I should point out that it's tougher now than it has been in 10 years to fully staff and retain good help in restaurants around the state. There are about 96,000 restaurants in California, which represents about 1.7 million employees, and hundreds of millions of customer interactions. This is a real opportunity for the restaurant owners to have another pool of employees. As owners, we can't exclude any qualified pool that could be helpful to us. Inclusivity is good for business, and it's being proven.

What are some of the inclusivity dos and don'ts you're telling management to focus on during the seminar?
It starts in the hiring process. To give an example, one girl that's speaking at the seminar on Tuesday, I met her at the LGBT Center. She had been looking for a job for over a year. She was very well-dressed, clean, personable, spoke perfect English, presented herself well, had a great job history. But over a year, she'd been turned down in over 50 interviews. The disconnect was that the interview process would go well but they'd ask for her ID, and it showed male and a picture of a male. So, first thing is on the application. We ask [the restaurant] to have a place for preferred name and gender pronoun. A lot of these women may not yet have changed their identities legally, they may be in the process, they may be planning on doing it in the future. That shouldn't be a deterrent. If they're identifying as female, they should be dressed in the female dress codes for that particular restaurant and be treated accordingly. They should be treated like any other women. Of course, there's bathroom policy, and they should be permitted to use the locker or bathroom for the identity they identify with. That's part of California law, but restaurants aren't necessarily familiar with how the laws work.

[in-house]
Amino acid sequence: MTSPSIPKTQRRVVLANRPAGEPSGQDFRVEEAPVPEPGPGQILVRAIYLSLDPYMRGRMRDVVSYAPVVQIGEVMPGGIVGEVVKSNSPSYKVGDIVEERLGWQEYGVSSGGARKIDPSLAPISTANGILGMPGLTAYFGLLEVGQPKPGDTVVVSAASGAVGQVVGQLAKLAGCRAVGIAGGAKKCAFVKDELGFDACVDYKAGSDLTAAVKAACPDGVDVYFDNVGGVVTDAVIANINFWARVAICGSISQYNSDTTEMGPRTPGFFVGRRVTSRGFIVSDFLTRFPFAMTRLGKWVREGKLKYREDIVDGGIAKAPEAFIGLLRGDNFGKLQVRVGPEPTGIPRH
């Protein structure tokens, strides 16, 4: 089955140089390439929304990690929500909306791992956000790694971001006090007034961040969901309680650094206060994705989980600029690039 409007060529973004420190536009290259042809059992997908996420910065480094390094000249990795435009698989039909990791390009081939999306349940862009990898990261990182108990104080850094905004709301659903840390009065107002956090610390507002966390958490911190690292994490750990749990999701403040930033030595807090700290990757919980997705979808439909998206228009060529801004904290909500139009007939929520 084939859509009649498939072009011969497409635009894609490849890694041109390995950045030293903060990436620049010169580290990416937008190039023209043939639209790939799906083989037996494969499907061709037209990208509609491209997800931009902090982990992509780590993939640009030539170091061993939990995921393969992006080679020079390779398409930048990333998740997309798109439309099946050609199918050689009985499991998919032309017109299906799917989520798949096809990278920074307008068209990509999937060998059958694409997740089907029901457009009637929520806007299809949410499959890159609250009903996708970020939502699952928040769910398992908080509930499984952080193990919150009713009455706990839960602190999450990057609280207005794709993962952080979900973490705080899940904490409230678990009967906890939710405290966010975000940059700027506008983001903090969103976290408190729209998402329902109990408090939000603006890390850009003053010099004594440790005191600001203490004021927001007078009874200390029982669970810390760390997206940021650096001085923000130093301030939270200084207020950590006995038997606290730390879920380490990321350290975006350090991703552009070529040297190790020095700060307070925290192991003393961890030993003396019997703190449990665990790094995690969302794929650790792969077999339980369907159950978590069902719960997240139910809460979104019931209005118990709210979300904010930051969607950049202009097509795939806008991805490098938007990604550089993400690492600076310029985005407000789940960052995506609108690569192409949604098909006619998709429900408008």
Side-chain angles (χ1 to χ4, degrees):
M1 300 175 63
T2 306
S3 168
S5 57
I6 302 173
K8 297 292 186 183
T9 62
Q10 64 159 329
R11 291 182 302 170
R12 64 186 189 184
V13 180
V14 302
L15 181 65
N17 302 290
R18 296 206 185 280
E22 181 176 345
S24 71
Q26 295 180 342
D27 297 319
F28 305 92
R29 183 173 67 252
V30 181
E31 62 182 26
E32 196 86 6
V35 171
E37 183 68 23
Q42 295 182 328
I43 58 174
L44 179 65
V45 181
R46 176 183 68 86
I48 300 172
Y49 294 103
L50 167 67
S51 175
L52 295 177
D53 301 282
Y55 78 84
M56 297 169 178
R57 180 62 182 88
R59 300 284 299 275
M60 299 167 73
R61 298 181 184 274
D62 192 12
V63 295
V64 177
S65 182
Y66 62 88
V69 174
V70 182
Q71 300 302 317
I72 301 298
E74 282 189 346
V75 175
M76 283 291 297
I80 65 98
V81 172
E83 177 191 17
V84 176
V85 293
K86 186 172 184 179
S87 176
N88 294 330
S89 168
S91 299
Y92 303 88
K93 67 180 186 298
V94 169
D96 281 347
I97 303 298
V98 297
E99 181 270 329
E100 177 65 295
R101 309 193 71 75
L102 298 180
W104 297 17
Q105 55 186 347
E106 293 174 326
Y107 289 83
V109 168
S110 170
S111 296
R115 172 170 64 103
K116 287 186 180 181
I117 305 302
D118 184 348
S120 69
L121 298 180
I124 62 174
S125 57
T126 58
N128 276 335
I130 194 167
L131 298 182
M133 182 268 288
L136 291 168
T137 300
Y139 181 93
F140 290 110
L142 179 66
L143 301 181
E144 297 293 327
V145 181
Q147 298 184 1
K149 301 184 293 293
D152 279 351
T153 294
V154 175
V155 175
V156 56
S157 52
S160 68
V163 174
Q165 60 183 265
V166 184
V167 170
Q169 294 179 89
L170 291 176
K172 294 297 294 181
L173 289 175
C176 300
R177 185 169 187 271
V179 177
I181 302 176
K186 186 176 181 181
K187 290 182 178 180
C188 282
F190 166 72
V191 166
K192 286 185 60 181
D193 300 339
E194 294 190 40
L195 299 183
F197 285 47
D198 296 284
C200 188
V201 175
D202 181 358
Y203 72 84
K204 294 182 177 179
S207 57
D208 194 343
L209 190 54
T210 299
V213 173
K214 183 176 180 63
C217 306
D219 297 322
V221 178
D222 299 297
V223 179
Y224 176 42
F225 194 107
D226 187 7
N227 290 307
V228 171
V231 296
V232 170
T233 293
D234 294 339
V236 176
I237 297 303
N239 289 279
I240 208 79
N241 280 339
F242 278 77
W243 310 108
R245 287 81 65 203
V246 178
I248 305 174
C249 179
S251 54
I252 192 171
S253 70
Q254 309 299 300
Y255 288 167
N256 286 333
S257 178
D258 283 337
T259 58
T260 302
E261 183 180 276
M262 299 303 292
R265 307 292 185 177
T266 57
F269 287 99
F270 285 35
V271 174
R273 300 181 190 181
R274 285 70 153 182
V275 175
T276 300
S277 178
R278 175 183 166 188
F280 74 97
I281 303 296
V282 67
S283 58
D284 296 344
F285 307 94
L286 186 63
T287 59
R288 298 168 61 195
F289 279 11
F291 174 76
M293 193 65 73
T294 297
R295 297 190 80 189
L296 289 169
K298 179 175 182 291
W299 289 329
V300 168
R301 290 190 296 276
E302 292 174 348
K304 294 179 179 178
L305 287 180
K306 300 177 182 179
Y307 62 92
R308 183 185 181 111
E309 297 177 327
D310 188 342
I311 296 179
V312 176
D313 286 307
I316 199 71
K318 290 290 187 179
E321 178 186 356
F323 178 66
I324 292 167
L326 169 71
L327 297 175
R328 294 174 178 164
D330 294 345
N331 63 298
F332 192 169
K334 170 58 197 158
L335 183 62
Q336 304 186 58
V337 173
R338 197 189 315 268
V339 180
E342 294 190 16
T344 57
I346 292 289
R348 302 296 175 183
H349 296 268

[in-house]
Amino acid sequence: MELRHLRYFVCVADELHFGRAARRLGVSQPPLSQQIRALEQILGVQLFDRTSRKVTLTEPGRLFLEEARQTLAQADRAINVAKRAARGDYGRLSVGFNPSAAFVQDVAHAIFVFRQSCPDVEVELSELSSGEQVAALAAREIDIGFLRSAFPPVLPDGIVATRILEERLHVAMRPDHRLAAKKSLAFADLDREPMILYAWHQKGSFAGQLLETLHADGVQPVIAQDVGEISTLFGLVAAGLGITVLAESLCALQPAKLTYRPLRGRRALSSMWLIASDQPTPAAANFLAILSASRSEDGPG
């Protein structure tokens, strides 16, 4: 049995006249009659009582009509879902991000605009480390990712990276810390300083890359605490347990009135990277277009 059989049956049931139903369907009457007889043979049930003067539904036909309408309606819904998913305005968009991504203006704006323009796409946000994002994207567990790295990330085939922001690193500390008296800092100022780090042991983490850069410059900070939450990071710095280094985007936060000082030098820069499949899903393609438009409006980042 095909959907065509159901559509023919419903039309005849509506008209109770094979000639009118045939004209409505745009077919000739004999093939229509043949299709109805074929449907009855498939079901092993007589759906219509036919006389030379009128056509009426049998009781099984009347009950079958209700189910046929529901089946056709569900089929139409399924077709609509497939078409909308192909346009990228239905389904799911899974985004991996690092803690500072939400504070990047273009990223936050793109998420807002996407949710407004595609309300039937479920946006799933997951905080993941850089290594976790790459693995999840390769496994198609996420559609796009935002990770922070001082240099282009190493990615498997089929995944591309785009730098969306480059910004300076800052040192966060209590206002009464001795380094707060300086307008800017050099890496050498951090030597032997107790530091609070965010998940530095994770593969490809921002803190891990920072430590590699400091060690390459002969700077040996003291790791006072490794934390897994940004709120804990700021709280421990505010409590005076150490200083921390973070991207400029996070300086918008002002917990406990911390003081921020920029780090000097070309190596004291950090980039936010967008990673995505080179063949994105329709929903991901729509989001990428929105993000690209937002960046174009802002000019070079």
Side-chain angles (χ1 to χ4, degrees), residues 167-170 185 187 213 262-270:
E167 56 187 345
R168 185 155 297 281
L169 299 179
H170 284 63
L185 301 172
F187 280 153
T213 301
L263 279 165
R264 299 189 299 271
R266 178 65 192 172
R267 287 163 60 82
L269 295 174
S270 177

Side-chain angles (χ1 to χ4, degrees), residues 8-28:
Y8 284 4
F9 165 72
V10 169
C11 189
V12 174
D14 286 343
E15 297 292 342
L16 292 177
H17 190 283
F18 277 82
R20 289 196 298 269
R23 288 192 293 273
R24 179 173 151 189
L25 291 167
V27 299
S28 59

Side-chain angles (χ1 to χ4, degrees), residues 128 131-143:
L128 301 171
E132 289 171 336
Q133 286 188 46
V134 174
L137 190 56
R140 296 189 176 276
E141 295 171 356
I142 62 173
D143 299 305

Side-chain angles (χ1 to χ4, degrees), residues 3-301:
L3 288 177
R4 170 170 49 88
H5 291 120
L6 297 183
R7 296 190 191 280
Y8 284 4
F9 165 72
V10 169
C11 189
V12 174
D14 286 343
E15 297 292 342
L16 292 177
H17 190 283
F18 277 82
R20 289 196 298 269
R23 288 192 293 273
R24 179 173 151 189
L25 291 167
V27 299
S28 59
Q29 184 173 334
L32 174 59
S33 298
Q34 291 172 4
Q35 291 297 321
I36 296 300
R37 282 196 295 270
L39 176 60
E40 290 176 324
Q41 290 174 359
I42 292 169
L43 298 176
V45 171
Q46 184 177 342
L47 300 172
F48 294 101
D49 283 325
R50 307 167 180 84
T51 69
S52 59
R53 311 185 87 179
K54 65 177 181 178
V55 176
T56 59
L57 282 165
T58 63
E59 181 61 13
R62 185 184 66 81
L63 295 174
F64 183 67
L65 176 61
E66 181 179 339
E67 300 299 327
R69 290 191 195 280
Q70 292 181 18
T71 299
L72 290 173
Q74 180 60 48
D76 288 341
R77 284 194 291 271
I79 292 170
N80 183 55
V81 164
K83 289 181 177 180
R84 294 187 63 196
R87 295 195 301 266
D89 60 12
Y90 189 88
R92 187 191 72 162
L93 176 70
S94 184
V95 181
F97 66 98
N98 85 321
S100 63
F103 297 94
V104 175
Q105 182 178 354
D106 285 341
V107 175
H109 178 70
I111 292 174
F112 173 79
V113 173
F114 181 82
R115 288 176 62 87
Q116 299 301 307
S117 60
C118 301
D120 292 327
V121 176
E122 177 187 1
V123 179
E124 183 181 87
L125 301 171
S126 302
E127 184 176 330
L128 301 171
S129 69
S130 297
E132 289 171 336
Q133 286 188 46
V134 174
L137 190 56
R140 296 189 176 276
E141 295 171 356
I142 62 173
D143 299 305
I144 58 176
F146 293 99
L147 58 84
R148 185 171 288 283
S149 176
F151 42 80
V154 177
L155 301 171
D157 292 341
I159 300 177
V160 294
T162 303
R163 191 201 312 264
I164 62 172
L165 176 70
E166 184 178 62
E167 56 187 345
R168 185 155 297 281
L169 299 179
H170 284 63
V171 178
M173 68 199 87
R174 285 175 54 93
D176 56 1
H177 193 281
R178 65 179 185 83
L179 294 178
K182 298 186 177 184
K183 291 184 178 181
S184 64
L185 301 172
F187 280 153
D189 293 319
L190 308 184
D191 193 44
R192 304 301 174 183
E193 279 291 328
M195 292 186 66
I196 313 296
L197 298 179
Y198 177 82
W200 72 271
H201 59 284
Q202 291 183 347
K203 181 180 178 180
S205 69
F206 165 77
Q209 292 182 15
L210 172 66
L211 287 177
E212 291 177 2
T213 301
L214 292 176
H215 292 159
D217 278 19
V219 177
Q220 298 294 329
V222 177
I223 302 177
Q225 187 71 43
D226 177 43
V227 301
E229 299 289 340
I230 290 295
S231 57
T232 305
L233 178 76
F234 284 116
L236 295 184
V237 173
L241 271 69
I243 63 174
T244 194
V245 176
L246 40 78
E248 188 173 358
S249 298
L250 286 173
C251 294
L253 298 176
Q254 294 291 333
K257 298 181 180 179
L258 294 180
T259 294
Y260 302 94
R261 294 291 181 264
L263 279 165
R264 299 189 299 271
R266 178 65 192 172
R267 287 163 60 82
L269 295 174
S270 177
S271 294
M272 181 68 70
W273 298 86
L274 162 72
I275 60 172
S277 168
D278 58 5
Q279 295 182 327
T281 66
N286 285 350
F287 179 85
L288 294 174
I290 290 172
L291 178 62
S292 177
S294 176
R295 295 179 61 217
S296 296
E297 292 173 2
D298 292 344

What about the potential barriers of getting other employees in tune with the message of inclusivity?
The attitude has to start from the top down, not only the policy but the culture. One of the things that you'll see in big companies is certain policies are in place that look inclusive, but it's not taught. It's been a wonderful experience for us — we haven't had any significant issues in our restaurants. Not saying it won't happen, but we found that employees quickly bond with their new trans employees, and really have their back and look out for them.

It's not only employees but how customers treat somebody, and how the other employees support them. In El Pollo Loco, a high percentage of employees are Hispanic. There's that age-old term of “a customer's always right,” but in the case of a customer who comes in and makes ethnic slurs, that's not acceptable. Our employees are empowered to say it's not, to ask the manager to come out, and if the manager cannot resolve it, they tell the customer to leave. I think all restaurants deal with those issues, so I think [trans inclusivity] is really consistent in where we've been. We just have to take it to that next level.

(This interview was edited for length.)